Roger and the other POWs were boarded onto the Arisan Maru.  The POWs were schedule to sail on the Hokusen Maru, but the ship was ready sail and their entire POW detachment had not arrived at the pier.  The Japanese swapped POW detachments and put the other detachment on the ship.
    The Arisan Maru sailed on October 11th to avoid attacks by American planes.  The ship returned to Manila to join the convoy.  For the next twelve days as the ship waited, the POWs remained in the holds until the ship sailed a second time.
    According to the survivors of the Arisan Maru, on Tuesday, October 24, 1944, near dinner time, POWs were on deck preparing the meal for those in the ship's two holds.  The ship was, in the Bashi Channel, off the coast of China.  There was a sudden jar which was caused by the ship being hit by two torpedoes.  The ship stopped dead in the water.  It is believed that the submarine that fired the torpedoes was the U. S. S Snook.
    As the Japanese abandoned ship, they cut the rope ladders into the ship's two holds.  Some of the POWs in the second hold were able to climb out and lowered a ladder to those in the first hold.  They also dropped ropes down to the POWs in both holds.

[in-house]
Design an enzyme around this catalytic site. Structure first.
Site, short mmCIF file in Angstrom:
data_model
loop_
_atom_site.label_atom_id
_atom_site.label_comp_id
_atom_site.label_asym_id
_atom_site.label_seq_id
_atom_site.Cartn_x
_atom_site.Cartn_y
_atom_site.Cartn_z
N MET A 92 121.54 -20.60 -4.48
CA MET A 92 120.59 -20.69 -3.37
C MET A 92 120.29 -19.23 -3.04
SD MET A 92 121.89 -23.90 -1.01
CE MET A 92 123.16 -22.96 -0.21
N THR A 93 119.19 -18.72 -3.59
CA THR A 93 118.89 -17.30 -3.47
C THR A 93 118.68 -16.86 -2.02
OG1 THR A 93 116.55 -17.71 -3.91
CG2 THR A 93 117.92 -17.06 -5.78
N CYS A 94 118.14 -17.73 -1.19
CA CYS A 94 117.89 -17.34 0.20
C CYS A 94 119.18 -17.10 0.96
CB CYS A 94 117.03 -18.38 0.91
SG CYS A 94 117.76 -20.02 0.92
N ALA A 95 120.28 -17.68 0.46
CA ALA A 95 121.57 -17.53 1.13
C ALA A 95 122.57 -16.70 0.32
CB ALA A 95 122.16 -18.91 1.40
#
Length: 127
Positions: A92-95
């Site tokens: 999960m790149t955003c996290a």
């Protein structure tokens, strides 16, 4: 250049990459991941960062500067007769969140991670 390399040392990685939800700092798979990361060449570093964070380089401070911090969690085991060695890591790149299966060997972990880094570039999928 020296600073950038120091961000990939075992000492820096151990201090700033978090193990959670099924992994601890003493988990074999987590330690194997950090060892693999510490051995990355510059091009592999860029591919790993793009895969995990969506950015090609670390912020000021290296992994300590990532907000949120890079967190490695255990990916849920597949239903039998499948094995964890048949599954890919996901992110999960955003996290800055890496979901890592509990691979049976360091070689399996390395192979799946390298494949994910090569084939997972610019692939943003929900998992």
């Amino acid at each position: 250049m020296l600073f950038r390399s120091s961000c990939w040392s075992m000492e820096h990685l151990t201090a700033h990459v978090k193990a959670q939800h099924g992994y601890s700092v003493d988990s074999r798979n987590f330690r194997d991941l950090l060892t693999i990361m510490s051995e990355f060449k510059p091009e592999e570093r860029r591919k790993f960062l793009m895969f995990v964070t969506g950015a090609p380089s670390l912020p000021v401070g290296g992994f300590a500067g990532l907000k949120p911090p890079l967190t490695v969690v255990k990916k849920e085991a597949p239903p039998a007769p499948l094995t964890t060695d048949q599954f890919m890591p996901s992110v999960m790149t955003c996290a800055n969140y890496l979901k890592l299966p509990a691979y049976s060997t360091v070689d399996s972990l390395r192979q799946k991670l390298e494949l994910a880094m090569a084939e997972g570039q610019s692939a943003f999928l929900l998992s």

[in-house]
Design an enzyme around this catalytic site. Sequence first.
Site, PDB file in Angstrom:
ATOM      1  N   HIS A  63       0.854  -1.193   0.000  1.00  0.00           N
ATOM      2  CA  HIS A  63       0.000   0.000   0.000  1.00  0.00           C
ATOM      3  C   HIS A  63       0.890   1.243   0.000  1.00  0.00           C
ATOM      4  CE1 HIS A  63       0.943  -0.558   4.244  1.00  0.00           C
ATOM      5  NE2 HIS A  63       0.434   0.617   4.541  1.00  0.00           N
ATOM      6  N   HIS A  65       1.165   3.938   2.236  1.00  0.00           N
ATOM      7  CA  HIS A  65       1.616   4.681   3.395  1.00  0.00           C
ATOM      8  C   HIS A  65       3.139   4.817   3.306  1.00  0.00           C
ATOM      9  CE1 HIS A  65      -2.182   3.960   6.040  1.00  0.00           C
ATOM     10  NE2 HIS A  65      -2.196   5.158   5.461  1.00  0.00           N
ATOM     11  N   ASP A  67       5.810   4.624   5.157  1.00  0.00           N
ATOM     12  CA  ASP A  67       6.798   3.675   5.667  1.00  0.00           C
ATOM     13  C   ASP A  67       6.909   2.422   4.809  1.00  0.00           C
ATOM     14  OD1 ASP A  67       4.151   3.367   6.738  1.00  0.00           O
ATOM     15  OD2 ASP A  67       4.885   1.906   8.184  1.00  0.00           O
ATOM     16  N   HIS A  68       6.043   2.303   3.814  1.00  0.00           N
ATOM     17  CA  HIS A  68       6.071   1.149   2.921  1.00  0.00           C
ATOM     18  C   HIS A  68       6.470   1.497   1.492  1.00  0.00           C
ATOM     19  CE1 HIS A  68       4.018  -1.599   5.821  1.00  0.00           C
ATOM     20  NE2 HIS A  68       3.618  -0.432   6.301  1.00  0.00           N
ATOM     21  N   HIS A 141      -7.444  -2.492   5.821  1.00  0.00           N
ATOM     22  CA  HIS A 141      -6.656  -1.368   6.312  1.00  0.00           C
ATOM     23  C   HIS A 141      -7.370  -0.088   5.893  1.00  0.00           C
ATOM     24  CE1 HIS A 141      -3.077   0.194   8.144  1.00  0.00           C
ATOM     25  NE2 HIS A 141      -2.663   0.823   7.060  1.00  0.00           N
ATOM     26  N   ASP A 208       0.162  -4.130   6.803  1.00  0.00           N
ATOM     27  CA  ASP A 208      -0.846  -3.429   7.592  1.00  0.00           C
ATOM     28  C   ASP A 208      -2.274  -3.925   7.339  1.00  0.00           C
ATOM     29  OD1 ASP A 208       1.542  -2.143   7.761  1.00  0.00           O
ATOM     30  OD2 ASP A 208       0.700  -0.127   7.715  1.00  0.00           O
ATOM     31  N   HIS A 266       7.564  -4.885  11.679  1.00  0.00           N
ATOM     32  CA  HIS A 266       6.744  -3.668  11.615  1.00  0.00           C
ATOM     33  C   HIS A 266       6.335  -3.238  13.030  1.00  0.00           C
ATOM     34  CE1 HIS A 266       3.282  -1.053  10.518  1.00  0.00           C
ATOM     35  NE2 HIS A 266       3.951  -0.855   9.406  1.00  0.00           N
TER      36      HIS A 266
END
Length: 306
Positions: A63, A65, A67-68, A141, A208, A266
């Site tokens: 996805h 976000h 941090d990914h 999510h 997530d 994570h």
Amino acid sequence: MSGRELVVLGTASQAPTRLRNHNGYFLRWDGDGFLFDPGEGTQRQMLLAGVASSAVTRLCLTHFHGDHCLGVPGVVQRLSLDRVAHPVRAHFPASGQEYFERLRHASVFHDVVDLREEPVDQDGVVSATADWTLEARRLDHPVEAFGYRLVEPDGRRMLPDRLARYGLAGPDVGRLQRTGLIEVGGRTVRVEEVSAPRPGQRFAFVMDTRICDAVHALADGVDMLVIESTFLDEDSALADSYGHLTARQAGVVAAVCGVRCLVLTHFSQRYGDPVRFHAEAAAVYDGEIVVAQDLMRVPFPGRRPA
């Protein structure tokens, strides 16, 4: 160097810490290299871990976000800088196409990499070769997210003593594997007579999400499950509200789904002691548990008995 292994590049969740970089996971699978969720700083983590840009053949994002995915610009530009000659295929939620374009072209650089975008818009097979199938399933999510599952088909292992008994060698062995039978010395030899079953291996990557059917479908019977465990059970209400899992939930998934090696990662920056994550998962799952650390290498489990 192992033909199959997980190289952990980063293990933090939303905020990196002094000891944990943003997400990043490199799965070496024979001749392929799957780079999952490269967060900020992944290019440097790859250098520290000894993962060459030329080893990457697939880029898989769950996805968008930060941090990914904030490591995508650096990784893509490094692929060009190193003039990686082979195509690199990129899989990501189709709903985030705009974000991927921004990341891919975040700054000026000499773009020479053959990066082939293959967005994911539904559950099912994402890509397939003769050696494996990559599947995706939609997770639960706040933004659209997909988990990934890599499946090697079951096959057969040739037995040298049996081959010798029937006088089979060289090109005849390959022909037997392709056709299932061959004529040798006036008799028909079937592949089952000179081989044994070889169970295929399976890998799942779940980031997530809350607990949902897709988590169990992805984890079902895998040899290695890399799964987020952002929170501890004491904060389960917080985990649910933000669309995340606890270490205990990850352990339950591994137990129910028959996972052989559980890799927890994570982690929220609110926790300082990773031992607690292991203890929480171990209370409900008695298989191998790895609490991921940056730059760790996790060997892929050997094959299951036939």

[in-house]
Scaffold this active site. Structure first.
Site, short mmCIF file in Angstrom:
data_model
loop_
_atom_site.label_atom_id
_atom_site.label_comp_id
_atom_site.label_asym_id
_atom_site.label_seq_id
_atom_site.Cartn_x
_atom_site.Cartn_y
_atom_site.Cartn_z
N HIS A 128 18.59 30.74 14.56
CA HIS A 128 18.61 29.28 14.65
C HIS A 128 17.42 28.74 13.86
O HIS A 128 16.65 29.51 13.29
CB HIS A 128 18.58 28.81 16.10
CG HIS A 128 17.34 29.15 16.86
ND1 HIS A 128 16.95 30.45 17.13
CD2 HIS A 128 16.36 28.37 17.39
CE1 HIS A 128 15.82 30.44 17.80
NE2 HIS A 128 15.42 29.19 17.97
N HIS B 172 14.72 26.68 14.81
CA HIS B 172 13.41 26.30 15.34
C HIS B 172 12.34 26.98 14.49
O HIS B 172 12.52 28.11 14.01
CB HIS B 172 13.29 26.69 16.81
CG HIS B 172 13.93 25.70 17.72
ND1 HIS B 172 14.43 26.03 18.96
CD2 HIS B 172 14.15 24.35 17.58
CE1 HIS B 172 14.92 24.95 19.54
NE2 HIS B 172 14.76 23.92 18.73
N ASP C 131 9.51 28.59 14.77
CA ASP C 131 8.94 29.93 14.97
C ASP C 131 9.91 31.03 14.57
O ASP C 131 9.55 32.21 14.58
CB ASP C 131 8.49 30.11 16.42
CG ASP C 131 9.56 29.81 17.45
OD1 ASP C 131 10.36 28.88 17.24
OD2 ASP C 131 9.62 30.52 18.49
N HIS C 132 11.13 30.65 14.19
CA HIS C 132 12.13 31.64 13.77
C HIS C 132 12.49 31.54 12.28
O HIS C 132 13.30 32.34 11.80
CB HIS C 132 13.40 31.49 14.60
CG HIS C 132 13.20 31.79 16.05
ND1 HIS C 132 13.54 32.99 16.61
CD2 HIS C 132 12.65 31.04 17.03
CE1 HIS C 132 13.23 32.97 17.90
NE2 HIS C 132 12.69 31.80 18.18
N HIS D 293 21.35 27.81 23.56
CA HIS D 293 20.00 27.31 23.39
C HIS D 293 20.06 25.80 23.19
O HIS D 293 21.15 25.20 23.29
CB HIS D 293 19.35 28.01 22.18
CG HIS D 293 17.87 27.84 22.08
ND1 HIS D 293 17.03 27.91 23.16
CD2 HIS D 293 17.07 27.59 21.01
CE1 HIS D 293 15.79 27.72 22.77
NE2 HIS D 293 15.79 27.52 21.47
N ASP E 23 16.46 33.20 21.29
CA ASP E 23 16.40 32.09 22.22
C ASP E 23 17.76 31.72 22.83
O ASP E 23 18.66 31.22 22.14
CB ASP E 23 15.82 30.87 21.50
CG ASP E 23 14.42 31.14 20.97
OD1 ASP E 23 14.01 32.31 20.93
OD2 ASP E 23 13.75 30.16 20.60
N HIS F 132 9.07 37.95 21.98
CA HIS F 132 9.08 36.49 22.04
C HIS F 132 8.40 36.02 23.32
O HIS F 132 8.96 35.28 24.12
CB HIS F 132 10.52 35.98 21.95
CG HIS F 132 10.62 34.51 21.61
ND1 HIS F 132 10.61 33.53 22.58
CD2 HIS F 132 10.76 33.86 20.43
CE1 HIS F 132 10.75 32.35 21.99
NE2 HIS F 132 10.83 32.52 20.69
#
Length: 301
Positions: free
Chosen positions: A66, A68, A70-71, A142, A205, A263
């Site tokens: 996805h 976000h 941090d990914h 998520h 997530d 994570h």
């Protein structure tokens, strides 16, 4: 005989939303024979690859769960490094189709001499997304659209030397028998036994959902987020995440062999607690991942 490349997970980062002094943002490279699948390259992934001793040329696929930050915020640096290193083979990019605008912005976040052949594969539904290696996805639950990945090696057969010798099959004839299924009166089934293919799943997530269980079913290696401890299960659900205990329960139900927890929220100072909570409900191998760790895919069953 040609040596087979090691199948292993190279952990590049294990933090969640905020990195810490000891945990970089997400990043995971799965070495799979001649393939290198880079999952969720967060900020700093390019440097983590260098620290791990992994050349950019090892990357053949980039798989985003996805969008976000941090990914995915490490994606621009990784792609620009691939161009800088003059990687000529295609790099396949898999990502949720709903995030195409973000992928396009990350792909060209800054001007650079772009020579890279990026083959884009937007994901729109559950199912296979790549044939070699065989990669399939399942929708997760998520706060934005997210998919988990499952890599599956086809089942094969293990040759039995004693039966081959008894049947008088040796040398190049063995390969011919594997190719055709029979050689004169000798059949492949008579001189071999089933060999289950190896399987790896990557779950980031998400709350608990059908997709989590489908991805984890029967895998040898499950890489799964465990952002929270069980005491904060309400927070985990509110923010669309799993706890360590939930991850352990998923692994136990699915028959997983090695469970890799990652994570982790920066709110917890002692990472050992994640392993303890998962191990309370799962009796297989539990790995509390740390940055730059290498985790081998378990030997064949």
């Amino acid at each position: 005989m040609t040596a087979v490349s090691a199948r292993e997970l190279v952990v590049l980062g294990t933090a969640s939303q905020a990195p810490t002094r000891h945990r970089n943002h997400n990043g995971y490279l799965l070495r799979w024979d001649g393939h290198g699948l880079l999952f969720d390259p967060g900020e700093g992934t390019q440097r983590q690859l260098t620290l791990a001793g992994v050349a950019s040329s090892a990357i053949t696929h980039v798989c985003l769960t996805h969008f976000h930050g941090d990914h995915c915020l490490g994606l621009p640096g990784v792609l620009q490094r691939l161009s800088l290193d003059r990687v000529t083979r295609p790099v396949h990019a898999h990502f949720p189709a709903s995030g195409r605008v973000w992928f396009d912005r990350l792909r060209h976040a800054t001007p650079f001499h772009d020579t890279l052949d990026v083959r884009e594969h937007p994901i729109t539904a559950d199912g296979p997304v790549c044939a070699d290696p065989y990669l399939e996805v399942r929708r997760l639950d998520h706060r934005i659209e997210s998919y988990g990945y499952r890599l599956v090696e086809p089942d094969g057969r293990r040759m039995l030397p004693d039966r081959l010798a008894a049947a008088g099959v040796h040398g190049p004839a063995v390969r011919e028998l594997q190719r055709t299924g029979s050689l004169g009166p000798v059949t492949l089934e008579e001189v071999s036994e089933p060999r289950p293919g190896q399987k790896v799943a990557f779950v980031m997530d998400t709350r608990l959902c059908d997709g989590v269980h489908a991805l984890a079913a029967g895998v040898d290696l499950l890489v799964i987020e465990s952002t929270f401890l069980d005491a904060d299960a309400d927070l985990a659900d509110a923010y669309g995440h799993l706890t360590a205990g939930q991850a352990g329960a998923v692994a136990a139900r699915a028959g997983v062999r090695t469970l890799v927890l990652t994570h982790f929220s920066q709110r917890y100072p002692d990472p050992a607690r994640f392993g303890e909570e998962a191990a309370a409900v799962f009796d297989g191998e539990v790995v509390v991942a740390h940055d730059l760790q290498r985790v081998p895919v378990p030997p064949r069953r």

Many of the POWs attempted to escape the ship by clinging to rafts, hatch covers, flotsam and jetsam.  Most of the POWs survived the attack but died because the Japanese refused to rescue  them.  The Japanese destroyers in the convoy deliberately pulled away from the POWs as they attempted to reach them.
    Sgt. Roger Heilig lost his life when the Arisan Maru was torpedoed in the South China Sea.  Of the 1800 POWs on the ship, only nine survived the sinking.  Since he was lost at sea, Sgt. Roger Heilig's name is inscribed on the Tablets of the Missing at the American Military Cemetery outside of Manila.  After the war, 1st Sgt. Roger Helig's family had a memorial dedicated to him at Arlington National Cemetery in Virginia.
    It should be mentioned that Roger's best friend, Warren Hildebrandt, whom he joined the National Guard with also died in the sinking of the Arisan Maru.